Unless you’ve been living in a cave for the past 3 months you have heard of the Heartbleed bug in OpenSSL. Since the disclosure of Heartbleed there have been many positive actions taken by the security community. This post will highlight those actions in light of Heartbleed, and how they will lead to a more secure Internet overall.
One of the most publicized actions was the forking of OpenSSL by the OpenBSD community. According to OpenBSD’s Bob Beck the real impetus for the fork was the discovery of OpenSSL’s proprietary memory management functions – a system which the OpenBSD team euphamistically labelled, “exploit mitigation technique countermeasures.” However, to observers it’s hard to imagine that Heartbleed wasn’t an important impetus. Regardless of reason, the OpenBSD team has been hard at work on their own fork of OpenSSL for approximately six weeks now. It’s called LibreSSL, and their aims are to maintain backward compatibility with OpenSSL’s API for POSIX-compliant operating systems. Most of their changes have been to remove support for older platforms and make the code more accessible. Right now they’re focusing on OpenBSD compatibility, but their long term goal is to make LibreSSL run on all *NIXes. For a great explanation of LibreSSL, and where it’s headed, check out Bob Beck’s recent presentation at BSDCan.
OpenSSL also received an injection of support from the Linux Foundation. In a wonderful effort to ensure security in OpenSSL, OpenSSH and NTP, the Linux Foundation has agreed to fund a security audit and two full-time developers for OpenSSL. This is great news for all three projects, but especially for OpenSSL. This news came right before OpenSSL issued a security advisory for seven vulnerabilities on June 5th.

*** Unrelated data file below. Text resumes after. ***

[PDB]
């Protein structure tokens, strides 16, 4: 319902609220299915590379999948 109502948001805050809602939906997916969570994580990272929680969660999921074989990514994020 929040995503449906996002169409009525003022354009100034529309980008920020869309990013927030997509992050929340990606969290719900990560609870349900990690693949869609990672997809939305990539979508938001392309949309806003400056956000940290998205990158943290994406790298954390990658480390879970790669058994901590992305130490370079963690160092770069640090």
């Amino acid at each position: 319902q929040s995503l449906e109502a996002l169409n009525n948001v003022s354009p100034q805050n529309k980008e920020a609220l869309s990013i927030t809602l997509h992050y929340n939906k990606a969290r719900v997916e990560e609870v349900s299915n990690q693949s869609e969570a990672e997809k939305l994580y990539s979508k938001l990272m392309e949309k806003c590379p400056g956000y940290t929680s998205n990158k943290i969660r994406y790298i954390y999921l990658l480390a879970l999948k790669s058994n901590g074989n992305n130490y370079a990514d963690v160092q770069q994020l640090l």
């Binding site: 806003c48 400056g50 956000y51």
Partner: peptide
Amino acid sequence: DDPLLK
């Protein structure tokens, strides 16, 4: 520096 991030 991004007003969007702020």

In addition to OpenSSL and LibreSSL, we shouldn’t forget GnuTLS. The SSL/TLS library licensed under the LGPLv2. GnuTLS has also seen a recent flurry of activity with three security vulnerabilities found in 2014.
With all the activity in this space, including all the found vulnerabilities, should we be worried? With three competing libraries for SSL/TLS does that mean we’re less secure? The answer to both is a resounding ‘No’! When vulnerabilities are found it means people are looking at the code. Remember Linus Torvald’s Law, “Given enough eyeballs, all bugs are shallow.” If we aren’t finding vulnerabilities, it probably just means no one is looking at the code.
Also, diversity is good for security. In their 2011 study, “OS Diversity for Intrusion Tolerance: Myth or Reality?”, researchers Miguel Garcia, Alysson Bessani, Ilir Gashi, Nuno Neves and Rafael Obelheiro examined how diversity affected intrusion tolerance in networked operating systems. Using vulnerability data from the NIST National Vulnerability Database from 1994 to 2010, they looked at how many exploits affected more than one operating system across 11 operating systems. Their results should be obvious to security professionals, but bear repeating for their empirical certainty. Diversity of code base decreases the probability of common vulnerabilities. In other words, having distinct code bases makes us more secure, in much the same way having distinct DNA increases a species’ disease resistance.
In their own words, “We analyzed more than 15 years of vulnerability reports from the NIST Vulnerability Database totaling 2120 vulnerabilities of eleven operating system distributions. The results suggests substantial security gains by using diverse operating systems for intrusion tolerance.” They also discuss how their conclusions regarding operating systems can be generalized to other interchangeable software components, such as SSL/TLS libraries.
To sum up, disclosing vulnerabilities and implementation diversity are good for security, and good for the Internet. To find out more about TLS for Applications visit our resource page on TLS for Apps. Also check out the IETF’s Using TLS in Applications(UTA) working group to find out how you can get involved in this important conversation.